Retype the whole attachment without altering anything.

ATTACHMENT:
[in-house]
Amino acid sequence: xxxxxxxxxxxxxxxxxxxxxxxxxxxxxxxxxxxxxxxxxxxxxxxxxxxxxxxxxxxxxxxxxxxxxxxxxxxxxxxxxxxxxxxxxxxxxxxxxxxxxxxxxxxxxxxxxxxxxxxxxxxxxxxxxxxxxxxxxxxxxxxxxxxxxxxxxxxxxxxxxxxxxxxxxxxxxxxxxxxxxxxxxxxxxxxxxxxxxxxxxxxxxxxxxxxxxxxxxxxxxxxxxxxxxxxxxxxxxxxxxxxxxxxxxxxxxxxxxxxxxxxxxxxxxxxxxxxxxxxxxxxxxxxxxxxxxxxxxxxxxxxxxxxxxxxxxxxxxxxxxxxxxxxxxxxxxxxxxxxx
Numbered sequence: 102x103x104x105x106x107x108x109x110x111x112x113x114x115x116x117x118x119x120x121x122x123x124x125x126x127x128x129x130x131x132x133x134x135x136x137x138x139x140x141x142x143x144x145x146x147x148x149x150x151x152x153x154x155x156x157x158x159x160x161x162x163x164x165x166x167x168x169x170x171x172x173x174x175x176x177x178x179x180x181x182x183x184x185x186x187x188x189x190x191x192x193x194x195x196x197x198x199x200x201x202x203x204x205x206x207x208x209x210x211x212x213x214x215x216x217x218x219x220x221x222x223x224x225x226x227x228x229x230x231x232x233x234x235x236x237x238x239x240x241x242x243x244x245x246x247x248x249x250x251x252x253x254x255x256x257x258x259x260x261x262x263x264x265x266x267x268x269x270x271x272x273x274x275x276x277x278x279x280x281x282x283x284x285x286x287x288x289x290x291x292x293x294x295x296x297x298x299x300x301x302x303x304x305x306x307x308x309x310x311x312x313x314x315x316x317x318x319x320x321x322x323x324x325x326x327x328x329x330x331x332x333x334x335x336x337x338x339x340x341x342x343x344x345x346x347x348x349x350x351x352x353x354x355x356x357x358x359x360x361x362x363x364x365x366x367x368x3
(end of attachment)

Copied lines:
[in-house]
Amino acid sequence: xxxxxxxxxxxxxxxxxxxxxxxxxxxxxxxxxxxxxxxxxxxxxxxxxxxxxxxxxxxxxxxxxxxxxxxxxxxxxxxxxxxxxxxxxxxxxxxxxxxxxxxxxxxxxxxxxxxxxxxxxxxxxxxxxxxxxxxxxxxxxxxxxxxxxxxxxxxxxxxxxxxxxxxxxxxxxxxxxxxxxxxxxxxxxxxxxxxxxxxxxxxxxxxxxxxxxxxxxxxxxxxxxxxxxxxxxxxxxxxxxxxxxxxxxxxxxxxxxxxxxxxxxxxxxxxxxxxxxxxxxxxxxxxxxxxxxxxxxxxxxxxxxxxxxxxxxxxxxxxxxxxxxxxxxxxxxxxxxxxx
Numbered sequence: 102x103x104x105x106x107x108x109x110x111x112x113x114x115x116x117x118x119x120x121x122x123x124x125x126x127x128x129x130x131x132x133x134x135x136x137x138x139x140x141x142x143x144x145x146x147x148x149x150x151x152x153x154x155x156x157x158x159x160x161x162x163x164x165x166x167x168x169x170x171x172x173x174x175x176x177x178x179x180x181x182x183x184x185x186x187x188x189x190x191x192x193x194x195x196x197x198x199x200x201x202x203x204x205x206x207x208x209x210x211x212x213x214x215x216x217x218x219x220x221x222x223x224x225x226x227x228x229x230x231x232x233x234x235x236x237x238x239x240x241x242x243x244x245x246x247x248x249x250x251x252x253x254x255x256x257x258x259x260x261x262x263x264x265x266x267x268x269x270x271x272x273x274x275x276x277x278x279x280x281x282x283x284x285x286x287x288x289x290x291x292x293x294x295x296x297x298x299x300x301x302x303x304x305x306x307x308x309x310x311x312x313x314x315x316x317x318x319x320x321x322x323x324x325x326x327x328x329x330x331x332x333x334x335x336x337x338x339x340x341x342x343x344x345x346x347x348x349x350x351x352x353x354x355x356x357x358x359x360x361x362x363x364x365x366x367x368x3